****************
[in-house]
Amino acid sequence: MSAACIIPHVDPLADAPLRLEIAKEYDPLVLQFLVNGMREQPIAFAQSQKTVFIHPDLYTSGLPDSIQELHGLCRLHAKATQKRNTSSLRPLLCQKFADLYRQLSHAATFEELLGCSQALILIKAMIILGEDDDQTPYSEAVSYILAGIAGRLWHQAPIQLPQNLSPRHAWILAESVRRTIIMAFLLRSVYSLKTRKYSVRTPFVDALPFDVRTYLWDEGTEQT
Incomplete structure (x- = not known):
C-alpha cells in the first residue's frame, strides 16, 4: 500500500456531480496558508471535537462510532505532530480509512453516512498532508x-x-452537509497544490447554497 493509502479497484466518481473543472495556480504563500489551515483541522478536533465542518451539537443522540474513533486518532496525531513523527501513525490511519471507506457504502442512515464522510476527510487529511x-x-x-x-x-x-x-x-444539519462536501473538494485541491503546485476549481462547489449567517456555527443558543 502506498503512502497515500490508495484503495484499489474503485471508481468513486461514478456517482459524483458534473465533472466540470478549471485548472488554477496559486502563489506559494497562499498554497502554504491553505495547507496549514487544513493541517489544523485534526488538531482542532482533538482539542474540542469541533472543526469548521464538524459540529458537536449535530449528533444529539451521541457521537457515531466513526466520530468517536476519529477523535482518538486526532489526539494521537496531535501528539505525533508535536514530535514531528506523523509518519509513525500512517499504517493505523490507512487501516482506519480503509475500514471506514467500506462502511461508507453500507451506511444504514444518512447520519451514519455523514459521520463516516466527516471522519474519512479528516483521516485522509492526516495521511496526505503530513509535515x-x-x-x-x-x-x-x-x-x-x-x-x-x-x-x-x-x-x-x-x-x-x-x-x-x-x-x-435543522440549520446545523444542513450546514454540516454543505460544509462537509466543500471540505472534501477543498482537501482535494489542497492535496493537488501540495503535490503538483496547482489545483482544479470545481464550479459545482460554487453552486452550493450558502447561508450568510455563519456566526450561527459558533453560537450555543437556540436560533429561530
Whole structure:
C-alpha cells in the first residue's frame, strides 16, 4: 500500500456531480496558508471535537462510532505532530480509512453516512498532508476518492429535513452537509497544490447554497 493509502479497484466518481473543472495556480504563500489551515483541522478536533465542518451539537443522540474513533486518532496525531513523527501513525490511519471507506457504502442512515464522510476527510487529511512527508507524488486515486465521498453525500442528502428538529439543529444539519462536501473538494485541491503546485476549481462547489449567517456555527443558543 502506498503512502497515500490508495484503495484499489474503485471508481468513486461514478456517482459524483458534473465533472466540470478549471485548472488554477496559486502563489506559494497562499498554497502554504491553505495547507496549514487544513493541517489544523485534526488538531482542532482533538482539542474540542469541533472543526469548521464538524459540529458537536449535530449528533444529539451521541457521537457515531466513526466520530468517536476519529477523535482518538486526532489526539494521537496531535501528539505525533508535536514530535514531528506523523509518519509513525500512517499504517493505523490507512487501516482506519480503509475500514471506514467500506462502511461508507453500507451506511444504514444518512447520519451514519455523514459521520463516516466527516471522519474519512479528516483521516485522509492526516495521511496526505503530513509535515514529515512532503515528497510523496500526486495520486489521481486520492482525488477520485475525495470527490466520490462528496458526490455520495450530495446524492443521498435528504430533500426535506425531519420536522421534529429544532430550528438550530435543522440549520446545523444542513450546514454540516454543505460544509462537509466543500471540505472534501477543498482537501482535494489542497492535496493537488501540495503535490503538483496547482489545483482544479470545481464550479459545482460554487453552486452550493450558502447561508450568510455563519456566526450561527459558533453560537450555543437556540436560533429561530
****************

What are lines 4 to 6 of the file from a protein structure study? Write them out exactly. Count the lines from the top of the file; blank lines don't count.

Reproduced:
C-alpha cells in the first residue's frame, strides 16, 4: 500500500456531480496558508471535537462510532505532530480509512453516512498532508x-x-452537509497544490447554497 493509502479497484466518481473543472495556480504563500489551515483541522478536533465542518451539537443522540474513533486518532496525531513523527501513525490511519471507506457504502442512515464522510476527510487529511x-x-x-x-x-x-x-x-444539519462536501473538494485541491503546485476549481462547489449567517456555527443558543 502506498503512502497515500490508495484503495484499489474503485471508481468513486461514478456517482459524483458534473465533472466540470478549471485548472488554477496559486502563489506559494497562499498554497502554504491553505495547507496549514487544513493541517489544523485534526488538531482542532482533538482539542474540542469541533472543526469548521464538524459540529458537536449535530449528533444529539451521541457521537457515531466513526466520530468517536476519529477523535482518538486526532489526539494521537496531535501528539505525533508535536514530535514531528506523523509518519509513525500512517499504517493505523490507512487501516482506519480503509475500514471506514467500506462502511461508507453500507451506511444504514444518512447520519451514519455523514459521520463516516466527516471522519474519512479528516483521516485522509492526516495521511496526505503530513509535515x-x-x-x-x-x-x-x-x-x-x-x-x-x-x-x-x-x-x-x-x-x-x-x-x-x-x-x-435543522440549520446545523444542513450546514454540516454543505460544509462537509466543500471540505472534501477543498482537501482535494489542497492535496493537488501540495503535490503538483496547482489545483482544479470545481464550479459545482460554487453552486452550493450558502447561508450568510455563519456566526450561527459558533453560537450555543437556540436560533429561530
Whole structure:
C-alpha cells in the first residue's frame, strides 16, 4: 500500500456531480496558508471535537462510532505532530480509512453516512498532508476518492429535513452537509497544490447554497 493509502479497484466518481473543472495556480504563500489551515483541522478536533465542518451539537443522540474513533486518532496525531513523527501513525490511519471507506457504502442512515464522510476527510487529511512527508507524488486515486465521498453525500442528502428538529439543529444539519462536501473538494485541491503546485476549481462547489449567517456555527443558543 502506498503512502497515500490508495484503495484499489474503485471508481468513486461514478456517482459524483458534473465533472466540470478549471485548472488554477496559486502563489506559494497562499498554497502554504491553505495547507496549514487544513493541517489544523485534526488538531482542532482533538482539542474540542469541533472543526469548521464538524459540529458537536449535530449528533444529539451521541457521537457515531466513526466520530468517536476519529477523535482518538486526532489526539494521537496531535501528539505525533508535536514530535514531528506523523509518519509513525500512517499504517493505523490507512487501516482506519480503509475500514471506514467500506462502511461508507453500507451506511444504514444518512447520519451514519455523514459521520463516516466527516471522519474519512479528516483521516485522509492526516495521511496526505503530513509535515514529515512532503515528497510523496500526486495520486489521481486520492482525488477520485475525495470527490466520490462528496458526490455520495450530495446524492443521498435528504430533500426535506425531519420536522421534529429544532430550528438550530435543522440549520446545523444542513450546514454540516454543505460544509462537509466543500471540505472534501477543498482537501482535494489542497492535496493537488501540495503535490503538483496547482489545483482544479470545481464550479459545482460554487453552486452550493450558502447561508450568510455563519456566526450561527459558533453560537450555543437556540436560533429561530